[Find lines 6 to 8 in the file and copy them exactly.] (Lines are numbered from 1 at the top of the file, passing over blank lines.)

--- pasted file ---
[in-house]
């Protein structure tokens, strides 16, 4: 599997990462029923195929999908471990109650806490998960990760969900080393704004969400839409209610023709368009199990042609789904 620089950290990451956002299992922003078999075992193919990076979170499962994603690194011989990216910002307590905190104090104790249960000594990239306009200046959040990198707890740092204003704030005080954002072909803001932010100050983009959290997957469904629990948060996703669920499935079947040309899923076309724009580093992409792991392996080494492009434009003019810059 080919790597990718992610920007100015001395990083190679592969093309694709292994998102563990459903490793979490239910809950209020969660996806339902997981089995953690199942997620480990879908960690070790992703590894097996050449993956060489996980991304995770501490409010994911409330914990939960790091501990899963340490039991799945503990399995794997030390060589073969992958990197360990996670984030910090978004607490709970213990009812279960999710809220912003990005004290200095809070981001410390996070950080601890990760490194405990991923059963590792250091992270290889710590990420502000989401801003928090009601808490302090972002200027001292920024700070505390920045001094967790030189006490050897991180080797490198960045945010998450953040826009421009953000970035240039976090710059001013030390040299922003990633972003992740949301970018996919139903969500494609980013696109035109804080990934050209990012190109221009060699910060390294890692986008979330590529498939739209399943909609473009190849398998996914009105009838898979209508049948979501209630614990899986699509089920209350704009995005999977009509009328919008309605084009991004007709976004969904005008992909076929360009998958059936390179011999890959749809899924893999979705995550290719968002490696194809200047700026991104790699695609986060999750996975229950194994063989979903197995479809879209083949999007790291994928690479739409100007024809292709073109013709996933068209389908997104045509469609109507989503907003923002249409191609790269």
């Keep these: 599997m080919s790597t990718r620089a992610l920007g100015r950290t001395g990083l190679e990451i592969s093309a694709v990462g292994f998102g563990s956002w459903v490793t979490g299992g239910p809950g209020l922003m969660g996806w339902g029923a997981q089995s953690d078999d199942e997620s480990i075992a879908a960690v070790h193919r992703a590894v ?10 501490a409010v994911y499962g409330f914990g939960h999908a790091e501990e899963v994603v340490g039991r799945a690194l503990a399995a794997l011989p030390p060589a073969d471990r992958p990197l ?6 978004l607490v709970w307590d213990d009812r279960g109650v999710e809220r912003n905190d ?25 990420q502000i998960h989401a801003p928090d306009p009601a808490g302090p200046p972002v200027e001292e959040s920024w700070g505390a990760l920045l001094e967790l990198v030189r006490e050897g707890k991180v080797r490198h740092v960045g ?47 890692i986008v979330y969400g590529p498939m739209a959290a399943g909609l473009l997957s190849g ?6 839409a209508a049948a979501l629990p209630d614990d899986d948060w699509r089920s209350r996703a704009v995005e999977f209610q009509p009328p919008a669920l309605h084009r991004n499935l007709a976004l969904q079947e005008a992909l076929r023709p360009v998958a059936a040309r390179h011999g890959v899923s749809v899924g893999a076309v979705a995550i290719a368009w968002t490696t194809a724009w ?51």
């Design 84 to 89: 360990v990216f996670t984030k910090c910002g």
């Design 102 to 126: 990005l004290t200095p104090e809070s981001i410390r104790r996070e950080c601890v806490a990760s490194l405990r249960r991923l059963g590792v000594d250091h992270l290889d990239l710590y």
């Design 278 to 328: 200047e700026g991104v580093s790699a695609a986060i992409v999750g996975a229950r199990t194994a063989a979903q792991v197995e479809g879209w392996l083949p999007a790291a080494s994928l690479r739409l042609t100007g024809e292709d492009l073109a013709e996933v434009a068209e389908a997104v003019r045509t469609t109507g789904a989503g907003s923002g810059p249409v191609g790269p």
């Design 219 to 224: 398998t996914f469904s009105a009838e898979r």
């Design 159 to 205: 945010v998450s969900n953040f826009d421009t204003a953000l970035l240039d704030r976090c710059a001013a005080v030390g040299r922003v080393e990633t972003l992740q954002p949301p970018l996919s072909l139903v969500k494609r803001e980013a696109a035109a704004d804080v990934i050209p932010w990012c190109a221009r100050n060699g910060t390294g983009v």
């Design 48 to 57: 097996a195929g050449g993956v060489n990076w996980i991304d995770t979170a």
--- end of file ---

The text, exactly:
């Design 278 to 328: 200047e700026g991104v580093s790699a695609a986060i992409v999750g996975a229950r199990t194994a063989a979903q792991v197995e479809g879209w392996l083949p999007a790291a080494s994928l690479r739409l042609t100007g024809e292709d492009l073109a013709e996933v434009a068209e389908a997104v003019r045509t469609t109507g789904a989503g907003s923002g810059p249409v191609g790269p």
């Design 219 to 224: 398998t996914f469904s009105a009838e898979r």
């Design 159 to 205: 945010v998450s969900n953040f826009d421009t204003a953000l970035l240039d704030r976090c710059a001013a005080v030390g040299r922003v080393e990633t972003l992740q954002p949301p970018l996919s072909l139903v969500k494609r803001e980013a696109a035109a704004d804080v990934i050209p932010w990012c190109a221009r100050n060699g910060t390294g983009v």